The Sala Beckett and the Zero Degree of Theatricality: From Lluïsa Cunillé to Carles Batlle




Students who have attended the seminars and workshops habitually offered by José Sanchis Sinisterra (b. 1940) at the Sala Beckett, Barcelona's preeminent experimental theatre laboratory, frequently recall with enthusiasm an exercise in which they are encouraged to contemplate what is know in Catalan as el grau zero de la teatralitat (the zero degree of theatricality). According to the exercise, Sanchis asks one of his students to remain on an empty stage, ostensibly without performing, virtually doing nothing. Then, at the conclusion of fifteen minutes, he asks the other students to analyse what they have observed. The exercise consistently engenders surprising results in terms of the extensive list of features and gestures that the students are able to perceive, for it compels them to contemplate the powerful "zero degree', or limits, of theatricality that are signified through the mere presence of the actor within a bare space, a performance stripped down to its minimal quintessence. Viewed through the lens of what has been a nearly twenty-year history of pedagogical and creative endeavous at the Beckett, Sanchis's exercise may be taken as a parable of minimalism that alludes to the theatre of the legendary Irish playwright who gladly lent his name to the sala, yet it is also a reflection of a predominant attitude that has informed the work of many of those actors, directors, designers, composers, dancers and playwrights who have had a relationship with this locale. An aesthetic based upon the axiom menys és més (less is more) has permeated the walls of the Beckett, evident in its programming of contemporary drama, its seminars, and even its logotype. It is a setting in which reisk, experimentation and pedagogy are emphasized over commercialism and frivolity; and where subtlety and discreetness are given precedence over hyperbole and excess.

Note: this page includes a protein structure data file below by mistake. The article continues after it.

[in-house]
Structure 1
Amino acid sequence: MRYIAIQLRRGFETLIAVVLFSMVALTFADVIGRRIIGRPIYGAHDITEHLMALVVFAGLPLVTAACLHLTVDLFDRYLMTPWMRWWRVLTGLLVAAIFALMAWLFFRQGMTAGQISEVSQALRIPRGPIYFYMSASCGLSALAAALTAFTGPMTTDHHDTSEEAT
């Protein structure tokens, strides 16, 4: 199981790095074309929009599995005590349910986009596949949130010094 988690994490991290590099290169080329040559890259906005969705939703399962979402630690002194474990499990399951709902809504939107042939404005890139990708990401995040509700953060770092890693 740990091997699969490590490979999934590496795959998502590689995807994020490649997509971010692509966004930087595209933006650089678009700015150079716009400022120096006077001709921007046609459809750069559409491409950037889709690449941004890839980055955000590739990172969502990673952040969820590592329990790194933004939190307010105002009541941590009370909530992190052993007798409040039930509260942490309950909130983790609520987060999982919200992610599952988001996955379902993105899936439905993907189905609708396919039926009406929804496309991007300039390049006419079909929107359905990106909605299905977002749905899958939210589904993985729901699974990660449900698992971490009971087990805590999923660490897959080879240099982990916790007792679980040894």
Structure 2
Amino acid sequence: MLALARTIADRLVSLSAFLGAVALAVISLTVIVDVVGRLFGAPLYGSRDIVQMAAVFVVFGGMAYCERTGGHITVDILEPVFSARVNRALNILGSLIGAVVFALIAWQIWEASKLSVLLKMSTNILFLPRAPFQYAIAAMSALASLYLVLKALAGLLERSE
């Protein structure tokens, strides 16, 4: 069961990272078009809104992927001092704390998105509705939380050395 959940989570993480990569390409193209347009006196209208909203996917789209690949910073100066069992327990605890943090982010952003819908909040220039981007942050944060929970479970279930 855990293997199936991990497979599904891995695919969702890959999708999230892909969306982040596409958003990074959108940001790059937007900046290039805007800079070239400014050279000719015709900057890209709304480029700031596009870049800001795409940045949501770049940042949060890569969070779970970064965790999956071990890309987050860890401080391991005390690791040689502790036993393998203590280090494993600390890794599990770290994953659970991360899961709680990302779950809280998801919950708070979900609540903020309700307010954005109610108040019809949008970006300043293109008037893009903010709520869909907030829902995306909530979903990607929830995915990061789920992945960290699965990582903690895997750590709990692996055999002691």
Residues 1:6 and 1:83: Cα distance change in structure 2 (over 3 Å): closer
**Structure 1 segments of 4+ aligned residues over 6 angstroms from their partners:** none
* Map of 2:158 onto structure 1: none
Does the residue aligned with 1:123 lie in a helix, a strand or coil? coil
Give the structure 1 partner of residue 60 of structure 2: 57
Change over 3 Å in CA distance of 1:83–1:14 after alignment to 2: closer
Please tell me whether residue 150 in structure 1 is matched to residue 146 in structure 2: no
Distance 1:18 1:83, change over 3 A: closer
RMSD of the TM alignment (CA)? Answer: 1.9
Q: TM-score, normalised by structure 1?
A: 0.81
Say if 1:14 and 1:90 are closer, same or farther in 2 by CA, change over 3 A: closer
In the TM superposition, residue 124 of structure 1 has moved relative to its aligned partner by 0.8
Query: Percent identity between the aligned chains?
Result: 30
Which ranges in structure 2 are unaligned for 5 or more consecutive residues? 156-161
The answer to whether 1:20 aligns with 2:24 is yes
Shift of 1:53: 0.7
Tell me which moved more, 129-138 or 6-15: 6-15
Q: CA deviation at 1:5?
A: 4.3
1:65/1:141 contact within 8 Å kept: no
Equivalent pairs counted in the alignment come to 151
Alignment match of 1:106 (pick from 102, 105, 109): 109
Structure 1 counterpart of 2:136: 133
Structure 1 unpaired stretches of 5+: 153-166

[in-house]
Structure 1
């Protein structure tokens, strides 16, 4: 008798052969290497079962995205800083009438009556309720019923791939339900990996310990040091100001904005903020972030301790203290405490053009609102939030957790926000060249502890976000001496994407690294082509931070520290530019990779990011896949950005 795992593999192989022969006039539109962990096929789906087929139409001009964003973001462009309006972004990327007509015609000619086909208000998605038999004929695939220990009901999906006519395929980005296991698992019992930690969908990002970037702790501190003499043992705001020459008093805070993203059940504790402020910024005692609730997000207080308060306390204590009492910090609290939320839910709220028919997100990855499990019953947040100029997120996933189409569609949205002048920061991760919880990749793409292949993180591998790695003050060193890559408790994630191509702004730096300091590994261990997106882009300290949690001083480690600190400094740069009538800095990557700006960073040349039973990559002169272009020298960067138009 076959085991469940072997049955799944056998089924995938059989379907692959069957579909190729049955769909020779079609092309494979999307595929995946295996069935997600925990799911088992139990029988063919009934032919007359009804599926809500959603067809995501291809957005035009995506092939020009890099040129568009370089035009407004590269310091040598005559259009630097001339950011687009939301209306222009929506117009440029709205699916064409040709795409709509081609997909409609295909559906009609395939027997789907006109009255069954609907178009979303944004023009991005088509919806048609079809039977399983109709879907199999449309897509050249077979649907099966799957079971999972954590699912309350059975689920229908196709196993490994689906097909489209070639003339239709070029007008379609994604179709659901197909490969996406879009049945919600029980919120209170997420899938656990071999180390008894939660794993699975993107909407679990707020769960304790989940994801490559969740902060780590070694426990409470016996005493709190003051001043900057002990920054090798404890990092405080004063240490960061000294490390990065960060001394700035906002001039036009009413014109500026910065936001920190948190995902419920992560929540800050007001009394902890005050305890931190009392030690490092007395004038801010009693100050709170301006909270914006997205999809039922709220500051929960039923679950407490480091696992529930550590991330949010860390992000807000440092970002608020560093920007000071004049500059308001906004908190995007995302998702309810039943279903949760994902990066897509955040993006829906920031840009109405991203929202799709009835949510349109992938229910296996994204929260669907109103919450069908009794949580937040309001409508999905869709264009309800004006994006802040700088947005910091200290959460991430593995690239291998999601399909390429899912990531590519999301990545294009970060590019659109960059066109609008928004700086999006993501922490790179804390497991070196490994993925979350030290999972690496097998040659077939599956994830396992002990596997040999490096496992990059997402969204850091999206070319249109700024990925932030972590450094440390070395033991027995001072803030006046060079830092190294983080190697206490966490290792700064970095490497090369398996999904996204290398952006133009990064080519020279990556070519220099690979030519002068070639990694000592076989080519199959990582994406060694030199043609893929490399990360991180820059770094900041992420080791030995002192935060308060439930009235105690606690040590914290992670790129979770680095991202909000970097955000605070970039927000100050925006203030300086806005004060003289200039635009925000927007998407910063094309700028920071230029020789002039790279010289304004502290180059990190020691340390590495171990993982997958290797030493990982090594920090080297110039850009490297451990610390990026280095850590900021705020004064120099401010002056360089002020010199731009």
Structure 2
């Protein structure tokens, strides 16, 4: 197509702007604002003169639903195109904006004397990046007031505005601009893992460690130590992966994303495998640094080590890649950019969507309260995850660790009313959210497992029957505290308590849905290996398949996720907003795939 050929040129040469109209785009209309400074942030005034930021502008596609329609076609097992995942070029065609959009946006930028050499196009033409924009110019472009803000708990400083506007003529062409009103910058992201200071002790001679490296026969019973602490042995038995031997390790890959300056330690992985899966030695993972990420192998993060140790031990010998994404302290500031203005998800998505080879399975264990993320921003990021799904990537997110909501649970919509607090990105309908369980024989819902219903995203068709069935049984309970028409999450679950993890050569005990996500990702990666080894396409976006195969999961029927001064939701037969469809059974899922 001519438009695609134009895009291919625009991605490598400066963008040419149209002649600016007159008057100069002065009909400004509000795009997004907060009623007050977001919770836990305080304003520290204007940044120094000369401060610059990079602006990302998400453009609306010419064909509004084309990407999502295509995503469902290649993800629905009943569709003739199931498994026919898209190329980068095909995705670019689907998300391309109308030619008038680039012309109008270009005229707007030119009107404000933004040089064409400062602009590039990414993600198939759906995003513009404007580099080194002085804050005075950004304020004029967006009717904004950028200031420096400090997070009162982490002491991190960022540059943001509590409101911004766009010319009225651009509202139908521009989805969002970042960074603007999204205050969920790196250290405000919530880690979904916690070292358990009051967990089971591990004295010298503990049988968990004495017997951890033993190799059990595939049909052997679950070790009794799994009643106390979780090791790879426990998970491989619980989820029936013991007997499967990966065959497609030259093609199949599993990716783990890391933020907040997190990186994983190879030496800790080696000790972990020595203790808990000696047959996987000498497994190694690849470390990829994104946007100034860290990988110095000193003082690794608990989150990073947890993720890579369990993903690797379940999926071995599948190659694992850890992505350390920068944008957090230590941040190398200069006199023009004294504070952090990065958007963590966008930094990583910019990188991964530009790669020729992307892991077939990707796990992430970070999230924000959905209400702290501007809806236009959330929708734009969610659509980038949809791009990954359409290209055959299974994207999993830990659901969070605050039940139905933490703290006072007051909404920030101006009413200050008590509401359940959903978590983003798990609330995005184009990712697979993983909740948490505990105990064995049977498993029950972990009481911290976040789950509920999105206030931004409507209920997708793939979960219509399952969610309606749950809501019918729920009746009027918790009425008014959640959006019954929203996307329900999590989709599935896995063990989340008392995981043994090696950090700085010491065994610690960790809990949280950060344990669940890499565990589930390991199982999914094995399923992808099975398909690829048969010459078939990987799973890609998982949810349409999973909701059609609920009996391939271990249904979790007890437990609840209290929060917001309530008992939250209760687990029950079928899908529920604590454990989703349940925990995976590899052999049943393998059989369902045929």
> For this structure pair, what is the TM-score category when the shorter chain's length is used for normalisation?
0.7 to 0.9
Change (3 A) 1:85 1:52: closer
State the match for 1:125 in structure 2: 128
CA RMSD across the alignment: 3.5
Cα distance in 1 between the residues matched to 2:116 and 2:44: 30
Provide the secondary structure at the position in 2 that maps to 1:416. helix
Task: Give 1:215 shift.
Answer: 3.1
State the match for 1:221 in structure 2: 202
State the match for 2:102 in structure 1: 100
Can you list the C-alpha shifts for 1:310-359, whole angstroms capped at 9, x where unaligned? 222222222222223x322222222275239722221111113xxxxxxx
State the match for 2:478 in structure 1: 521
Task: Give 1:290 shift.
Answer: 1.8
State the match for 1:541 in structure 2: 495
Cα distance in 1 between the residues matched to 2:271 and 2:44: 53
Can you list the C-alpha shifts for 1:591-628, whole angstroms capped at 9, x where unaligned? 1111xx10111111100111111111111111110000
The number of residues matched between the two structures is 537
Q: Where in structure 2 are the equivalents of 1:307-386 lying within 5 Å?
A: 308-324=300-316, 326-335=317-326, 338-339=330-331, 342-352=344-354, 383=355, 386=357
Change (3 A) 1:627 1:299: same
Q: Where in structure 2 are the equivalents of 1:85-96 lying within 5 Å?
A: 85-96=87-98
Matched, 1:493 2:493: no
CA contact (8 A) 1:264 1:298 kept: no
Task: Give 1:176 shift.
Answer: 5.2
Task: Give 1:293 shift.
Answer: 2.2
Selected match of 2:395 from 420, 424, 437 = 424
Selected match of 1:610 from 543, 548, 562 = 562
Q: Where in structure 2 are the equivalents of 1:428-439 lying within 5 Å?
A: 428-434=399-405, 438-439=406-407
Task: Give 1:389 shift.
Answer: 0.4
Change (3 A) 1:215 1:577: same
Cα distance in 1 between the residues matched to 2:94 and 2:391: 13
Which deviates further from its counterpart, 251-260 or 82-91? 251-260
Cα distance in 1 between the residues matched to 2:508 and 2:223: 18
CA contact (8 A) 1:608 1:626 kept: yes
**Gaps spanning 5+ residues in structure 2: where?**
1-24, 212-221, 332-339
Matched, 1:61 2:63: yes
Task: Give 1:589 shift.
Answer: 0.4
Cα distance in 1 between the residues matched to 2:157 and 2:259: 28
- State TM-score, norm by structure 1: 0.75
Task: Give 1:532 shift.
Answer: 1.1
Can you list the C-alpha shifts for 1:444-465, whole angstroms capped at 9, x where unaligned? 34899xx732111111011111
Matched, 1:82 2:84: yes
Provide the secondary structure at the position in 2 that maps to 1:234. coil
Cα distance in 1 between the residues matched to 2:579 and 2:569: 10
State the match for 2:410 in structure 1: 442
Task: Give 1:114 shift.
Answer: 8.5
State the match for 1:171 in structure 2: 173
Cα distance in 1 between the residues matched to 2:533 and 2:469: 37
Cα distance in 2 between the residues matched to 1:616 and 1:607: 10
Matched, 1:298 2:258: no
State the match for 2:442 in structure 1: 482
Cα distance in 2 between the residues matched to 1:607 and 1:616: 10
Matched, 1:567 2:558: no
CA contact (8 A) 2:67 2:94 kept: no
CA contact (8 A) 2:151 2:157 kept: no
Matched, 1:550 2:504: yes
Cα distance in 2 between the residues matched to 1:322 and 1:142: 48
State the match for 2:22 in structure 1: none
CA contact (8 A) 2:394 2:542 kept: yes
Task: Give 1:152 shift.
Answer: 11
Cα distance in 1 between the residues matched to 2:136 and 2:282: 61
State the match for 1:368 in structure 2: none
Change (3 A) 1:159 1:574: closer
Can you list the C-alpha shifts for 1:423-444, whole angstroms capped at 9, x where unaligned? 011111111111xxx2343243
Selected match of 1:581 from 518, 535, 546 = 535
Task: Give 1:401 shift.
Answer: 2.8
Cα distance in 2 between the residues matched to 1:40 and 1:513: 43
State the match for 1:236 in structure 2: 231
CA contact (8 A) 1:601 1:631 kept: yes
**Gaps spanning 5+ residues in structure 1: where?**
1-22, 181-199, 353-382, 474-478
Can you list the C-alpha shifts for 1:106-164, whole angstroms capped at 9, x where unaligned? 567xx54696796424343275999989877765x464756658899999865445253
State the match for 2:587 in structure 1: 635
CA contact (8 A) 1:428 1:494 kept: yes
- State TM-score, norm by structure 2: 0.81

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Copyright © 2007 Taylor & Francis Group. This article first appeared in Contemporary Theatre Review 17, no. 3 (2007): 370-84. doi:10.1080/10486800701405842.

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